Last July, Netroots Nation was coming to Austin, and Jesse moved heaven and earth to make sure I could attend, raising money, helping organize assistance, and talking me through my qualms. Not the least of my fears was that it would be our first meeting in person -- what if we did not, in fact, turn out to like each other? My resources are virtually nonexistent. I was terrified of losing this new friendship.
At the last minute, the woman who helps me with errands and tasks I cannot perform took a trip out of town and was unavailable to do laundry for me. I could not locate anyone else to do it for me, and was faced with not being able to go to the conference because I literally didn't have clean clothes. I was humiliated and depressed about it. Jesse flew in the day before and said if I could get a bag of laundry to a cab, he'd take care of it. That was as much as I could manage, and it felt like a godawful way for us to meet, but in the end, I had to say yes. He slid into the back seat of a cab beside me, we went to the nearest laundromat, and with him leaning on his stick, he washed a bag of clothes for me.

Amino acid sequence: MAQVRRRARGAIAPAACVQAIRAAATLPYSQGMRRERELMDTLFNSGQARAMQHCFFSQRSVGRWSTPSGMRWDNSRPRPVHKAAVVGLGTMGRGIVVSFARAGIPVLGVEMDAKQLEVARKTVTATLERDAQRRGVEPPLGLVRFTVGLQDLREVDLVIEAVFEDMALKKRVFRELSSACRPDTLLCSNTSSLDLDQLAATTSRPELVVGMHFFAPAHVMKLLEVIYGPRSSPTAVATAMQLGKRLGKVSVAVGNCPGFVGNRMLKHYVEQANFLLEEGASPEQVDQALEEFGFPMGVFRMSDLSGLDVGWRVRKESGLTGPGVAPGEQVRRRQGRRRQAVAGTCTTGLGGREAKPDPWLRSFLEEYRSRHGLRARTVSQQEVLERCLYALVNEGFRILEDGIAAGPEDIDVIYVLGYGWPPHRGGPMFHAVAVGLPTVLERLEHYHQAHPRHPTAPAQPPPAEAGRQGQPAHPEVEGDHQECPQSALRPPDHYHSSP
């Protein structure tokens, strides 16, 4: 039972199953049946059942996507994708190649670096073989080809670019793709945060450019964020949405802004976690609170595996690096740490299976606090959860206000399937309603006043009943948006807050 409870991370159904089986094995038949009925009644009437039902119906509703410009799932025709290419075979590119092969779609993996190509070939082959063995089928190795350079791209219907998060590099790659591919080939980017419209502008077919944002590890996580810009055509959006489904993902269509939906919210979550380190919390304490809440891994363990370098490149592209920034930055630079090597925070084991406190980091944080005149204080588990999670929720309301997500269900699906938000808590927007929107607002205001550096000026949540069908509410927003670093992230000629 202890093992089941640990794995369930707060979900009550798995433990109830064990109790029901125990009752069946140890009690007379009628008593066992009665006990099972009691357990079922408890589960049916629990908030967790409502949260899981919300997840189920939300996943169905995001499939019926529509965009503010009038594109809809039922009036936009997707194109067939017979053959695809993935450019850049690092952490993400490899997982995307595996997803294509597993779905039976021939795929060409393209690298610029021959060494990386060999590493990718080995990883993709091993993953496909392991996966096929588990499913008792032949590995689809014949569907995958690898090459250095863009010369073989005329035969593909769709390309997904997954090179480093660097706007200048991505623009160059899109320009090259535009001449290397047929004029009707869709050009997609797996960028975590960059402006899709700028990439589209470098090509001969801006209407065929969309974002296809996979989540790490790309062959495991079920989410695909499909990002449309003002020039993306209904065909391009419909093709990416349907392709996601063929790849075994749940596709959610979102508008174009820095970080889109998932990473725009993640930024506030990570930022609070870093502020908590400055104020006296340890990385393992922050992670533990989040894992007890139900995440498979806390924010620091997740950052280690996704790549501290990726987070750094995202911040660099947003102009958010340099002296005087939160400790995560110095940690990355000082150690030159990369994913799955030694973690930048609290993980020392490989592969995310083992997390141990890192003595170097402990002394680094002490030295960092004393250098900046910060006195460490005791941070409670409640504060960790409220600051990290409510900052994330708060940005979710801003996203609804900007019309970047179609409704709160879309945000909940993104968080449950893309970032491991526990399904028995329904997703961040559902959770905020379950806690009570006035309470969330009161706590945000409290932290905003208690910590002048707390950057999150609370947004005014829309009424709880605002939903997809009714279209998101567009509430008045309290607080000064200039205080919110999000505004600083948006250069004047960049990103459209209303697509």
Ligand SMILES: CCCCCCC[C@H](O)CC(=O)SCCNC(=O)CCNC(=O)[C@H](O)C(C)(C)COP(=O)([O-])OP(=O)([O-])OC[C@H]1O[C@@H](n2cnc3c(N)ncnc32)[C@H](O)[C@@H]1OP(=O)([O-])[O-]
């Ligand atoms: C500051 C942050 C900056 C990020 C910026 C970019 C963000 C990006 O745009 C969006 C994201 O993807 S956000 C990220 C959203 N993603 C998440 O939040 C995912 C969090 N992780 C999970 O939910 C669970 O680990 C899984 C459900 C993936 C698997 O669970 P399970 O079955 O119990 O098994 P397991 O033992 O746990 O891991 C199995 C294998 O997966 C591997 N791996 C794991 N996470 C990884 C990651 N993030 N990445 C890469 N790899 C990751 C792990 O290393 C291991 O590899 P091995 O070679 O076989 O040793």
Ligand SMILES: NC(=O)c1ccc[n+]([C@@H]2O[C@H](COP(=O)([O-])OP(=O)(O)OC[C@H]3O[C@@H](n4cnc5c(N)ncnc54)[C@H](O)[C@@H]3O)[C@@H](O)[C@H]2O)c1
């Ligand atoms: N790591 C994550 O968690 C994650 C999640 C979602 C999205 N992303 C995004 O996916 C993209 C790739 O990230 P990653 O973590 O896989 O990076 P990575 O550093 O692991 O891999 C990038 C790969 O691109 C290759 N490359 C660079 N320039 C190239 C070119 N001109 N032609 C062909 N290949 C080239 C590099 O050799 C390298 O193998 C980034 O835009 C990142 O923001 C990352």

It's one of the most intimate acts of love I've ever received. And as if that weren't enough, when he left, he handed me a small bag of fresh fruit. Good as gold in my limited world. I ate it the next morning for breakfast before heading out to meet up with him and Lower Manhattanite as Netroots Nation began.
Happy birthday, Jesse my boy. I'm gladder than I can express that you got born. The rest has been up to you, and you've done your mother proud.